Understanding your genetic health can be important, especially for people of certain ancestry groups. Genes are pieces of information that are inherited from our parents and provide instructions for how the body works. When genes are not working properly this may increase the chance for certain health conditions.
In people of Ashkenazi (European) Jewish ancestry, certain conditions are more common because of genetic differences (mutations) that have been passed on for many generations. For example, approximately 1 in 40 people of Ashkenazi Jewish ancestry may have increased risk for certain cancers due to genetic mutations in the BRCA1/BRCA2 genes. Knowledge of these mutations can allow people to take steps to lower their cancer risk. Further, up to 1 in 4 people of Ashkenazi Jewish ancestry carry mutations in genes for autosomal recessive conditions. Carrier screening allows couples to understand genetic health risks for their children and to make informed decisions regarding family planning.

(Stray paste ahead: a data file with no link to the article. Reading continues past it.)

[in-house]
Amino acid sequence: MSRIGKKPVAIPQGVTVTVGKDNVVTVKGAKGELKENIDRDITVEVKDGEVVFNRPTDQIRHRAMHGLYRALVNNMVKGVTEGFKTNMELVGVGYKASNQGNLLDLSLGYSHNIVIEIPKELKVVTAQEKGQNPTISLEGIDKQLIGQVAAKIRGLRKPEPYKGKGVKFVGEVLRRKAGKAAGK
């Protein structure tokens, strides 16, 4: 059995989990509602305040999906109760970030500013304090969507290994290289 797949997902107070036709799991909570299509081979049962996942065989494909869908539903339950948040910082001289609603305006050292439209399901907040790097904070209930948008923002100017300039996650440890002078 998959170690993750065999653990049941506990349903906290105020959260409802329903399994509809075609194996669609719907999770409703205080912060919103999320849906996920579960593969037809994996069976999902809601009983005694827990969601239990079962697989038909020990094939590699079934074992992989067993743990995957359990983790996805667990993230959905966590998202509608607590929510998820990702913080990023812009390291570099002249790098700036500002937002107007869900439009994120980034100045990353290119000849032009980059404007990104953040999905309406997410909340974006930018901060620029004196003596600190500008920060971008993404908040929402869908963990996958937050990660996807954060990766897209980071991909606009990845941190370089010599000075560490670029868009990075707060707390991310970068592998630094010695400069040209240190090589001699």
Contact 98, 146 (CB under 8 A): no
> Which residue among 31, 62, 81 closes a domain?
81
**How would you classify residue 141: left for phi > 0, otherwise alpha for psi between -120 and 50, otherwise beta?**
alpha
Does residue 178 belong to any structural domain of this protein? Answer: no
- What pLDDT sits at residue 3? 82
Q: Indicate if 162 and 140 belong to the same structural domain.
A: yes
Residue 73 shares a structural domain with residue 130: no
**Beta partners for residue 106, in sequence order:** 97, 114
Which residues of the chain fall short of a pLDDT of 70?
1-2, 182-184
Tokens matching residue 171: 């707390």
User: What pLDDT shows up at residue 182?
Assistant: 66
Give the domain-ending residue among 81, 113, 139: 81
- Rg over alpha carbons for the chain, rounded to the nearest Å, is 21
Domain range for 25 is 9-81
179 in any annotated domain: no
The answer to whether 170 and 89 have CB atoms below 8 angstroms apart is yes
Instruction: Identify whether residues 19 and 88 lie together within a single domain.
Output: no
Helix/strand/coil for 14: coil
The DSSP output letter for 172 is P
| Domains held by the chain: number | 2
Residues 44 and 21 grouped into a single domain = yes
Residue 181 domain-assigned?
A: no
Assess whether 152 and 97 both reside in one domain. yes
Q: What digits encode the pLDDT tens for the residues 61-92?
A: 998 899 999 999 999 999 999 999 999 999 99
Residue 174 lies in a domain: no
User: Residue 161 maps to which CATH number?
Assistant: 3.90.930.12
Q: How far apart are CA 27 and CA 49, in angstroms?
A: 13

The William G. Rohrer Cancer Genetics Program at MD Anderson Cancer Center at Cooper and the Clinical Genetics Program of Cooper's Children’s Regional Hospital provide genetic screening and counseling services.
Click on the links below to learn more about how genetic information can be important for learning about cancer risk and reproductive health, and how to schedule appointments with these programs.